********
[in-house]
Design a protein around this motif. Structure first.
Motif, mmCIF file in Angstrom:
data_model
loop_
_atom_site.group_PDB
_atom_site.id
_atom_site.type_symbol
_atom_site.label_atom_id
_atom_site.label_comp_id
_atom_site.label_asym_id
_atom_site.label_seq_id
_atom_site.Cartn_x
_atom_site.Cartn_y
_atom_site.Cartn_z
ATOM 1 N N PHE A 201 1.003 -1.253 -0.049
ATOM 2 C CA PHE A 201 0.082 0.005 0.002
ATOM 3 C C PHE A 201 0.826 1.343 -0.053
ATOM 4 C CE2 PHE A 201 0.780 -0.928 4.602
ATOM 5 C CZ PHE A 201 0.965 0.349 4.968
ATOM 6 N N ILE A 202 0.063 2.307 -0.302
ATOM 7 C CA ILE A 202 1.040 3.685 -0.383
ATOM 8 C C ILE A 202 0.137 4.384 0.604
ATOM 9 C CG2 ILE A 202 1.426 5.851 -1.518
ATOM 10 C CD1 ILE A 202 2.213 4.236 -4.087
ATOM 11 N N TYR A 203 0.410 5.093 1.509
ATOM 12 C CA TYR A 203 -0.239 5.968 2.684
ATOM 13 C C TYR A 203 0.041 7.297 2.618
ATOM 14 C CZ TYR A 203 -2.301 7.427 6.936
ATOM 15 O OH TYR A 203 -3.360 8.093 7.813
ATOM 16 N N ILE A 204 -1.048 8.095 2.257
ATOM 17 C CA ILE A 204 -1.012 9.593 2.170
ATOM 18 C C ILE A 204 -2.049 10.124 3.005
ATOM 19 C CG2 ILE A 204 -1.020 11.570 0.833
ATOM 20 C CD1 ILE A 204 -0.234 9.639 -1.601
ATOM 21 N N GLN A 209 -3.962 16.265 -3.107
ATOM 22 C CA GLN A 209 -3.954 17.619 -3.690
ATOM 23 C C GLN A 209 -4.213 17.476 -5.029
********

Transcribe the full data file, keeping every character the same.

[in-house]
Design a protein around this motif. Structure first.
Motif, mmCIF file in Angstrom:
data_model
loop_
_atom_site.group_PDB
_atom_site.id
_atom_site.type_symbol
_atom_site.label_atom_id
_atom_site.label_comp_id
_atom_site.label_asym_id
_atom_site.label_seq_id
_atom_site.Cartn_x
_atom_site.Cartn_y
_atom_site.Cartn_z
ATOM 1 N N PHE A 201 1.003 -1.253 -0.049
ATOM 2 C CA PHE A 201 0.082 0.005 0.002
ATOM 3 C C PHE A 201 0.826 1.343 -0.053
ATOM 4 C CE2 PHE A 201 0.780 -0.928 4.602
ATOM 5 C CZ PHE A 201 0.965 0.349 4.968
ATOM 6 N N ILE A 202 0.063 2.307 -0.302
ATOM 7 C CA ILE A 202 1.040 3.685 -0.383
ATOM 8 C C ILE A 202 0.137 4.384 0.604
ATOM 9 C CG2 ILE A 202 1.426 5.851 -1.518
ATOM 10 C CD1 ILE A 202 2.213 4.236 -4.087
ATOM 11 N N TYR A 203 0.410 5.093 1.509
ATOM 12 C CA TYR A 203 -0.239 5.968 2.684
ATOM 13 C C TYR A 203 0.041 7.297 2.618
ATOM 14 C CZ TYR A 203 -2.301 7.427 6.936
ATOM 15 O OH TYR A 203 -3.360 8.093 7.813
ATOM 16 N N ILE A 204 -1.048 8.095 2.257
ATOM 17 C CA ILE A 204 -1.012 9.593 2.170
ATOM 18 C C ILE A 204 -2.049 10.124 3.005
ATOM 19 C CG2 ILE A 204 -1.020 11.570 0.833
ATOM 20 C CD1 ILE A 204 -0.234 9.639 -1.601
ATOM 21 N N GLN A 209 -3.962 16.265 -3.107
ATOM 22 C CA GLN A 209 -3.954 17.619 -3.690
ATOM 23 C C GLN A 209 -4.213 17.476 -5.029